Issue 17, Winter 2007

Happy new year to one and all! This year brings with it an exciting and groundbreaking new program: The Hastings Leadership Academy for Women, a six-day leadership development course specifically designed for women law firm partners. Details about the Leadership Academy and registration information appear below.

From time to time, we learn about organizations that undertake the kinds of initiatives and activities advocated in Management Solutions©. This issue highlights a law firm training program for lawyers from other countries and a corporate mentoring program that has quantified its positive outcomes. The issue also discusses two recent publications: an article about "extreme jobs" and a two-year study of legal education, and provides an update regarding the "Opting Back In and Forging Ahead" program for lawyers returning to practice that was described in Issue 16 of Management Solutions.

January, 2007 is National Mentoring Month. The Harvard Mentoring Project of the Harvard School of Public Health and MENTOR/ National Mentoring Partnership spearheaded this annual month-long campaign five years ago in order to recruit volunteer mentors for young people who are at risk of not achieving their full potential. If you are interested in becoming a volunteer for at-risk youth, see




The Hastings Leadership Academy for Women

Best Practices
- Preparing Lawyers for Global Practice
- Proving the Value of Mentoring

Recent Publications

Update on "Opting Back In and Forging Ahead"


Speaking Engagements

 The Hastings Leadership Academy for Women

It is always exciting to start a new year by announcing a special new project. The year 2007 will mark the inception of the Hastings Leadership Academy for Women, the first leadership development program designed exclusively for women law firm partners. ( The purpose of the Leadership Academy is to give women partners the skills, knowledge, techniques, and support that will enable them to achieve their highest potential as leaders in their firms, communities, and profession.

Unlike other leadership development programs, this unique course is designed specifically to address the leadership challenges faced by women partners in law firms. The educational curriculum addresses those challenges within the political and economic context of law firms. The program's intensive coursework is bolstered by one-on-one work with executive coaches. Participants will develop and begin to execute their own personal leadership plan. They will also work closely with other program participants to give each other feedback during the sessions and ongoing support thereafter.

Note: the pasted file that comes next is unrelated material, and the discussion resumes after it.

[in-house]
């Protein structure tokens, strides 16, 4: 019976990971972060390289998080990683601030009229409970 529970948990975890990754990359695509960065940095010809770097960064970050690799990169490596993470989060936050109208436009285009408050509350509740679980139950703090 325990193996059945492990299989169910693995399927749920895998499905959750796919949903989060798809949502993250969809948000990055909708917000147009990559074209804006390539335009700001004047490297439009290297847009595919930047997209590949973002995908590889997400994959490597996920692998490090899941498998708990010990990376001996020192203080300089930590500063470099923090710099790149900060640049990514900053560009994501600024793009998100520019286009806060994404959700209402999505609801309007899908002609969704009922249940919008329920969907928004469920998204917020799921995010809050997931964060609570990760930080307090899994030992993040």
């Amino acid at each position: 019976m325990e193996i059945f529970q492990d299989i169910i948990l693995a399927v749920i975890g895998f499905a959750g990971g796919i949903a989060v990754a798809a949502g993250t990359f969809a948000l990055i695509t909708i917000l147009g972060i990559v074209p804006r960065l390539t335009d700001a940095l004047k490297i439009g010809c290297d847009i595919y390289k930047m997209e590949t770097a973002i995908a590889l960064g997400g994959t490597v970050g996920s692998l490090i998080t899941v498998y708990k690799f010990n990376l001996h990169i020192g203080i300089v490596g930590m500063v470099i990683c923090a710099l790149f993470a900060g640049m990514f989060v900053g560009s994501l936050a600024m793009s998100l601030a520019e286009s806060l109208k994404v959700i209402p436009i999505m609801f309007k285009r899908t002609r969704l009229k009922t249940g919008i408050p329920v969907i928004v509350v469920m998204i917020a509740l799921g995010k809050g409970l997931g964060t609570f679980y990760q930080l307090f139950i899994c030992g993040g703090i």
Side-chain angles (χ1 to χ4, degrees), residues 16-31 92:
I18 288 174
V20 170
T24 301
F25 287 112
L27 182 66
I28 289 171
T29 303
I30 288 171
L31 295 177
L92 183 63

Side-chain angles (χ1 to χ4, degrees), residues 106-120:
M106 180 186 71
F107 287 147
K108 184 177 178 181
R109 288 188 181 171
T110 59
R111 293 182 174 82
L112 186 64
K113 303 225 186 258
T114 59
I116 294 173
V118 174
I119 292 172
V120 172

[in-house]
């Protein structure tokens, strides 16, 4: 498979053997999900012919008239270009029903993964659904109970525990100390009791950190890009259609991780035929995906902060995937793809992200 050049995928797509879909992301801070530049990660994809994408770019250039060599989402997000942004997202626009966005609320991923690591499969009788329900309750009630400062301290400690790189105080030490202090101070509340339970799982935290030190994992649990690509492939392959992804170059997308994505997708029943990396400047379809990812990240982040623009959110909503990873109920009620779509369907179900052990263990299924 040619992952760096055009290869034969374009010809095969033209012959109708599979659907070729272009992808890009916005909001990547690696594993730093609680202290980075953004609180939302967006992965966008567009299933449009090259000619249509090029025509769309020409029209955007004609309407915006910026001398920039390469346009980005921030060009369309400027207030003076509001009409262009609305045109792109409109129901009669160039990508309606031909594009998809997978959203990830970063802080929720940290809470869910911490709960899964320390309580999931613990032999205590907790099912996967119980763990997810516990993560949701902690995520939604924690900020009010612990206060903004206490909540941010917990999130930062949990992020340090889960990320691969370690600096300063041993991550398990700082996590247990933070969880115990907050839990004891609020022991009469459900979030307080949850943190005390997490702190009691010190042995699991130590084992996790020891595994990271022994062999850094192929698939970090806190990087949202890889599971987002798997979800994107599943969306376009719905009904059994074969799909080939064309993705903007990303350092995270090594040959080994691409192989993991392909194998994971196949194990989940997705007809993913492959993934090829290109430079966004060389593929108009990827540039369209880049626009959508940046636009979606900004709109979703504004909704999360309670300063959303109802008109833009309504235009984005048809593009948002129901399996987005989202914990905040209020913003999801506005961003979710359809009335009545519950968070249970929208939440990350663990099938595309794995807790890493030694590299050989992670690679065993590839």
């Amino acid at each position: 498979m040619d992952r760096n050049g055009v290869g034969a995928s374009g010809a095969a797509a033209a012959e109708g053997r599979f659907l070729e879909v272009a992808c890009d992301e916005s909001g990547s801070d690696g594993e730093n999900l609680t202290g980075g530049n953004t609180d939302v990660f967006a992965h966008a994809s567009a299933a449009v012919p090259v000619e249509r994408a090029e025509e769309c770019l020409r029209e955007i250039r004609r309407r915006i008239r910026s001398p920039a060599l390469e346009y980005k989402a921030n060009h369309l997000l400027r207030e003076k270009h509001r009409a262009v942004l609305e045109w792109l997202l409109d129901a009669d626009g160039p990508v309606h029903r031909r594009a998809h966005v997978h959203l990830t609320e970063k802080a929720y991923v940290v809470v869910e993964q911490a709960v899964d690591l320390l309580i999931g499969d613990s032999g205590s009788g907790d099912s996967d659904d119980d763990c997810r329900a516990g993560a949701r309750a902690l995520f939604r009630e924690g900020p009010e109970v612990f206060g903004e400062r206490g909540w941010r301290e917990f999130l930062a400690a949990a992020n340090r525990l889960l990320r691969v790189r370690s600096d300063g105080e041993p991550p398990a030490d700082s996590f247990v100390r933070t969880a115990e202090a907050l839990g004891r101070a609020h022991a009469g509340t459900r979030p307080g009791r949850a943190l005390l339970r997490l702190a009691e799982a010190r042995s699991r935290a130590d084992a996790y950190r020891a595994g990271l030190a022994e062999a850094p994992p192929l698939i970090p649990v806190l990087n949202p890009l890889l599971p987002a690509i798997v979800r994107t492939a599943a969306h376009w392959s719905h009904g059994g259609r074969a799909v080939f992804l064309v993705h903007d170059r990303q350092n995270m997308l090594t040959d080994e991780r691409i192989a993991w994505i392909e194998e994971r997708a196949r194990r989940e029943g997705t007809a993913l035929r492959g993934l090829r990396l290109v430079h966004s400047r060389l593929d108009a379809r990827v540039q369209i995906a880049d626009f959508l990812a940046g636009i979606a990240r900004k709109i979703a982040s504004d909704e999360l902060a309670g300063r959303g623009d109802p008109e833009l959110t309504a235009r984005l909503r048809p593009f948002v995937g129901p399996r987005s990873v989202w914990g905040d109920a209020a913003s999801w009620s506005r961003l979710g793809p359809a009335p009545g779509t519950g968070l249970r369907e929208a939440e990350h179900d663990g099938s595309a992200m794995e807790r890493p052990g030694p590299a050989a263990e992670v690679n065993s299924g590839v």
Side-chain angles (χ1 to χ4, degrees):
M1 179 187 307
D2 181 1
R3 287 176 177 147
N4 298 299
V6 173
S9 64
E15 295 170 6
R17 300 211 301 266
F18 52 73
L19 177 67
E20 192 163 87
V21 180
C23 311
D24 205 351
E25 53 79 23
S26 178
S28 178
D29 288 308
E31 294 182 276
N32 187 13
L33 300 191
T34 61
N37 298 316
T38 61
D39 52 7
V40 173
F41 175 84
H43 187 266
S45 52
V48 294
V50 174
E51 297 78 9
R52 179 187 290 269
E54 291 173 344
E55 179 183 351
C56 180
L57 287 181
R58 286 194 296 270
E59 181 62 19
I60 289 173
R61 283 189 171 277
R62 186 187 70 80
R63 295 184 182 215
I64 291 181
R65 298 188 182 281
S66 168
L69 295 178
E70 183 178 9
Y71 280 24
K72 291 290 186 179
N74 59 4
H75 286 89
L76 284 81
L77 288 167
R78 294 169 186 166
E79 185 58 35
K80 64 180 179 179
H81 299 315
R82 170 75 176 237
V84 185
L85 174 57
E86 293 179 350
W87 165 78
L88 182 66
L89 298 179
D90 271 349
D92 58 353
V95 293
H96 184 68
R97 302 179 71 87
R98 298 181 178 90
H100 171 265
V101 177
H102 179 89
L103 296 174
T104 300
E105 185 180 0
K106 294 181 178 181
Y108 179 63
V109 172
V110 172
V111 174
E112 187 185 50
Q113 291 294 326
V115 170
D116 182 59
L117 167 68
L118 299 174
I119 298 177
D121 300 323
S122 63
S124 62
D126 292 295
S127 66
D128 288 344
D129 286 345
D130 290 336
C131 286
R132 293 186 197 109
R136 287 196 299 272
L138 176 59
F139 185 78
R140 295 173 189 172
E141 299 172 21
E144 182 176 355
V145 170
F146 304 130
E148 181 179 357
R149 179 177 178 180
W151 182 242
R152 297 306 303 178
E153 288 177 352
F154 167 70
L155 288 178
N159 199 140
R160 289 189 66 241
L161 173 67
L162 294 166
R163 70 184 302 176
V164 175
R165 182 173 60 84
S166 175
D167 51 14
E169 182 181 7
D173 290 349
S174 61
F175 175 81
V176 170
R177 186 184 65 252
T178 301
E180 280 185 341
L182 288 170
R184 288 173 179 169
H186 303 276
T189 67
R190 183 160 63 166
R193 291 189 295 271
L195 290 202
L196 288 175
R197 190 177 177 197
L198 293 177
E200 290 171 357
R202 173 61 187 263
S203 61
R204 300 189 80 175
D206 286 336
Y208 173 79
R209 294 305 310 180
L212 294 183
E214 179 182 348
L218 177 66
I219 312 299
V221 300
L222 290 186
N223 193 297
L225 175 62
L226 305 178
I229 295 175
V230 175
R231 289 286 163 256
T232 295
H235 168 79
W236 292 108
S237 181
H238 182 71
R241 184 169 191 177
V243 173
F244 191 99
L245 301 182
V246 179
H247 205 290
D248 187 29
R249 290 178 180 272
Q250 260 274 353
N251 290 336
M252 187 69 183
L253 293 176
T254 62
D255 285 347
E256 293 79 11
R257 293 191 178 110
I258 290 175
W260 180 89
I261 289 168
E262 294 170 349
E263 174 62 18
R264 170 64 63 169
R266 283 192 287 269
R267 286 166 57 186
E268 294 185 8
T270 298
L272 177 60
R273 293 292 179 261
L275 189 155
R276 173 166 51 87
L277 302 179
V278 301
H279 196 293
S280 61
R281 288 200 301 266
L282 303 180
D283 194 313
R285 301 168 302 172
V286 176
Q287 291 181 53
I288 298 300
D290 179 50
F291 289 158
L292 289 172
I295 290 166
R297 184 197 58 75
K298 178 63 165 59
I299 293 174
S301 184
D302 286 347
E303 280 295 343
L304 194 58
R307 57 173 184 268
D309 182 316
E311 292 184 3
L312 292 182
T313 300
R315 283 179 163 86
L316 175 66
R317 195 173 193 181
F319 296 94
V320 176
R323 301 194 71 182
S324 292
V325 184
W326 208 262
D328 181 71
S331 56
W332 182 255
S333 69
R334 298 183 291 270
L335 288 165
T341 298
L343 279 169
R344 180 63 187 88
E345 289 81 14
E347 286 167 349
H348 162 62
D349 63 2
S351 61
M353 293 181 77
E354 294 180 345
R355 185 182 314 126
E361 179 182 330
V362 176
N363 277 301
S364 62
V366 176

Women law firm partners face certain unique conditions and challenges, and the Leadership Academy is designed with them in mind:

  • Women are still woefully underrepresented in law firm leadership. Over several decades, women lawyers have represented a significant number (now almost half) of law firm associates. Yet fewer than 16% of all law firm equity partners today are women. Women similarly comprise a very small percentage of management committee members (16%) and only 5% of managing partners.1 A sizable number of law firms have no women heading up offices or practice groups.2 The scarcity of women in law firm leadership means that management, policy and strategy decisions that affect women's careers and compensation are being made by men.
  • Women face bias and stereotyping that undermines their advancement into leadership positions. These biases are usually implicit (i.e., unconscious) but nonetheless damaging. In law firms, where the characteristics associated with leadership tend to be masculine (e.g., assertiveness, decisiveness, ambition), women are less likely to be chosen for or promoted into leadership roles. 3
  • Women are stereotyped and discriminated against for being mothers- or not being mothers. Studies have shown that working mothers are held to higher performance standards than non-mothers or fathers, and are inaccurately perceived as less competent, less committed, and less deserving of leadership roles. Mothers who choose to pursue careers- unlike working fathers - face criticism for not staying home with their kids. Women partners who elect not to have children are often disparaged as too masculine or as having "sacrificed" motherhood for a career.4
  • Women assume greater family and home responsibilities than men and spend more than twice as much time as men attending to household tasks and caring for children. As law firm partners, women partners with children must combine those responsibilities with the usual demands that all partners face. While many men partners have stay-at-home wives, few women have that kind of support.5 Consequently, women partners with children are under greater time pressure than their male counterparts, and this affects their ability to spend additional time in leadership and client development activities.